2. Coline--Another example of how companies "eat each other up" is the way Sachs took over Maillard, Huret and Sedis during the 1980s. Sachs, in turn, became part of SRAM.

    I agree that a rubber saddle might be good on a lockup bike. I know there's an adapter made that allows Brooks B72 saddles to be used on micro-adjust seatpost. The rails on the saddle in the photo--and of the Ideale B6--look very similar. I wonder whether that adapter would work with the Wolber/Ideale seat.

  3. Justine, yes, the adapter for the B72 works just fine with a micro-adjust seatpost. It may require a few holes drilled here and there for the bolts, but it works just fine. Also, Dunlop still makes one of the finest motorcycle tires in the business. Many riders upgrade to Dunlop when they need new tires.

  4. Wow - it amazes me sometimes to see things like this. I've said many times that there's nothing really new, but it's still surprising - especially when I see something like these saddles -- I did not know these existed.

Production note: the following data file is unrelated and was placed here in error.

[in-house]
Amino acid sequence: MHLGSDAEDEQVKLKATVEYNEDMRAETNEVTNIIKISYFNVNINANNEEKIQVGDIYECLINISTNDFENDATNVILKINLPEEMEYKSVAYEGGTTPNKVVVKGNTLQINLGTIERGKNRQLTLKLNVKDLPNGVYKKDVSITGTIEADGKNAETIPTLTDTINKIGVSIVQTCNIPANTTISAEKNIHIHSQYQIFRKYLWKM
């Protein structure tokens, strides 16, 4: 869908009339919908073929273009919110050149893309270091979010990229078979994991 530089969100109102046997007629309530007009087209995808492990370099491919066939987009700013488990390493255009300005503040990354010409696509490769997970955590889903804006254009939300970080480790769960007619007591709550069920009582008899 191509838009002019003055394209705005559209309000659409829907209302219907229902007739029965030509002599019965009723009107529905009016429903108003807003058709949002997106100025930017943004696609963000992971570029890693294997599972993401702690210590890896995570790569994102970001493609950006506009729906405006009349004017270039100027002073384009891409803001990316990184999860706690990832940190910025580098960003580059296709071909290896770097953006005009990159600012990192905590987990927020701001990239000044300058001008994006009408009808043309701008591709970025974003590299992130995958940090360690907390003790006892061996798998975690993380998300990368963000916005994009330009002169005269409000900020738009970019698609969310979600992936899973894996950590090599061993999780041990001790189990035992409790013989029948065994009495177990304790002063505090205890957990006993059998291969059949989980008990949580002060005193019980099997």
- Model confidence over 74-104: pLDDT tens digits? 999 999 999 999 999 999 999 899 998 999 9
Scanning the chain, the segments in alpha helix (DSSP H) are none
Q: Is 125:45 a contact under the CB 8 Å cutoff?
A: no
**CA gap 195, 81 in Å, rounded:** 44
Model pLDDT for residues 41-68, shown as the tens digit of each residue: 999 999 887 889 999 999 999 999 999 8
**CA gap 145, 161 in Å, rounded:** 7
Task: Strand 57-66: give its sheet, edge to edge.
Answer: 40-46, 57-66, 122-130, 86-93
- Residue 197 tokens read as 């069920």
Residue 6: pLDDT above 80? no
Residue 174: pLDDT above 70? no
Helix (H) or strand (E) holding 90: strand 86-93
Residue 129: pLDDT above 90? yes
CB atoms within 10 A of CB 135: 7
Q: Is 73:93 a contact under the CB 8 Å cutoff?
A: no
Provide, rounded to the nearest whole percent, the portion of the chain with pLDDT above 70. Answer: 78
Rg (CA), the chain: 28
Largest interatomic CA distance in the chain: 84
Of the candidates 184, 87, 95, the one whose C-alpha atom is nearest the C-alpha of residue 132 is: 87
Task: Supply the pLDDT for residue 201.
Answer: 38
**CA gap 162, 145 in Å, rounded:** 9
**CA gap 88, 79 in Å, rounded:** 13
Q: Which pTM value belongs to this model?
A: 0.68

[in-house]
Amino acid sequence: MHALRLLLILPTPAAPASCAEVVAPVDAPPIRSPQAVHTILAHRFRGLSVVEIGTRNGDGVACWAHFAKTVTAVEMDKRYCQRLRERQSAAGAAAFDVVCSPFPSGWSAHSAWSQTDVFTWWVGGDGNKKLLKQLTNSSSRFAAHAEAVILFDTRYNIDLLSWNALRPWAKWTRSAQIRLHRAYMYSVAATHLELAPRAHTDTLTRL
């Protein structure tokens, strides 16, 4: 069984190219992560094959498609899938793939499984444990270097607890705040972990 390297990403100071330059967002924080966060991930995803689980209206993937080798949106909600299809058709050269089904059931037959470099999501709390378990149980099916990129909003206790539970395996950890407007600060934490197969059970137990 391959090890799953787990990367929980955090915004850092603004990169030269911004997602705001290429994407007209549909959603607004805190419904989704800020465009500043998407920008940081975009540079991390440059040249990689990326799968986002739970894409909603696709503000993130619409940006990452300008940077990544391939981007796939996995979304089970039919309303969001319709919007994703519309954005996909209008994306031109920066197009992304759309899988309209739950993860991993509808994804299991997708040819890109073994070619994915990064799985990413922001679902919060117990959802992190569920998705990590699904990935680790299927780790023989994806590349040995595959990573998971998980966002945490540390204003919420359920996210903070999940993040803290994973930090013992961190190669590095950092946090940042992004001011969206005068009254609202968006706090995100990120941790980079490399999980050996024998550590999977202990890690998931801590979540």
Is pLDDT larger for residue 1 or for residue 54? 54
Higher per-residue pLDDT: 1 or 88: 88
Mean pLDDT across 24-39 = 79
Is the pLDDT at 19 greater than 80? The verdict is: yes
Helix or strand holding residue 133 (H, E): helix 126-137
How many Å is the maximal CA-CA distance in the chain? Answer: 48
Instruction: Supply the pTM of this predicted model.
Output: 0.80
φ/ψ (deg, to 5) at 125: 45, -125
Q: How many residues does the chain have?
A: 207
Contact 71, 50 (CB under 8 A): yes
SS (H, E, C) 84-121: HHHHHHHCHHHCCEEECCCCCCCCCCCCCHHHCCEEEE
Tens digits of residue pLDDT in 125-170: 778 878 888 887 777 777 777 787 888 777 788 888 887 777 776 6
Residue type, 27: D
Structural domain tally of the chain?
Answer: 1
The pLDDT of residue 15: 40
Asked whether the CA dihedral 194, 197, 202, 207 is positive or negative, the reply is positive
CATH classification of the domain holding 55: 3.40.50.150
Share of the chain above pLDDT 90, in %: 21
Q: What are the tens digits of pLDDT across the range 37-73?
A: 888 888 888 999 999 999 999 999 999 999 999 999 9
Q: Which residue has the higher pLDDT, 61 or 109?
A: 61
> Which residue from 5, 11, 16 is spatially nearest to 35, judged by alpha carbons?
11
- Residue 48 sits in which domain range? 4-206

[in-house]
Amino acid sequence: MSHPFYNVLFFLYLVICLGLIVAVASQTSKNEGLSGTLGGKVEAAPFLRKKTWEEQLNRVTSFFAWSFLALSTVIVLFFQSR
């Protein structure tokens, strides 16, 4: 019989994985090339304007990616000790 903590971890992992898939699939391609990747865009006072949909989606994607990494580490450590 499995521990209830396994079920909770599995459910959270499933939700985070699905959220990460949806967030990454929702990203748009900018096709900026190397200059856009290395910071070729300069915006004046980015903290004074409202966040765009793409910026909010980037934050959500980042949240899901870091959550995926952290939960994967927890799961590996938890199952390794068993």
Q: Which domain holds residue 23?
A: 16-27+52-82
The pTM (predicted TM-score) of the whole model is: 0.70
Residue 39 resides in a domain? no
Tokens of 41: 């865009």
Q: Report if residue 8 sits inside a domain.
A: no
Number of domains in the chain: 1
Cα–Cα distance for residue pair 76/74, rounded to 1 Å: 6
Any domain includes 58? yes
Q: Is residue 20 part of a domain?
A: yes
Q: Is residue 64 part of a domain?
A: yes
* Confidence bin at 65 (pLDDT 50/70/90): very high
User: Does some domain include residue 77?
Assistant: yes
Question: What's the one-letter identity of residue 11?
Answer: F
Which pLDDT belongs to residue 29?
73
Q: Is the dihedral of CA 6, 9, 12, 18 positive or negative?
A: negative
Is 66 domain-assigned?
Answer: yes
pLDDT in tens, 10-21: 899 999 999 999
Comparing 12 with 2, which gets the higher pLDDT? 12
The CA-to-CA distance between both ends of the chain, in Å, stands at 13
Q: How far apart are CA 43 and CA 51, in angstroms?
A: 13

5. David--Thanks for the information. I am not surprised that Dunlop's motorcycle tires are so good: They have always made quality products.

    Brooks--I was amazed, too. I guess I shouldn't have been surprised, though: After all, as you say, there's nothing really new!

  6. With only a couple of exceptions, all of my bikes get a leather saddle (typically a b17)... until I tried a Cambium. They are exceptional saddles, as one would expect from Brooks, and the benefit of it not needing a leather treatment cannot be denied.
    I still favor b17 saddles, but I cannot honestly say if that's due to better comfort or just inertia at this point in my life.

    If you have a bike that you tend to ride in foul weather, but you're pretty much a stickler for using a b17, you could certainly do worse for yourself than trying a Cambium, IMO. Not cheap, but pretty easily resold for minimal loss.


  7. Wolf--I, too, favor traditional Brooks leather saddles--the B17 and Professional, mainly. As I have no experience with the Cambium, or any other rubber-cloth saddle, I will not recommend or disrecommend it. I am certainly willing to try it, but not if I have to pay $150 for it.

    I wrote my post two years ago only because I thought that e-Bay listing was so funny.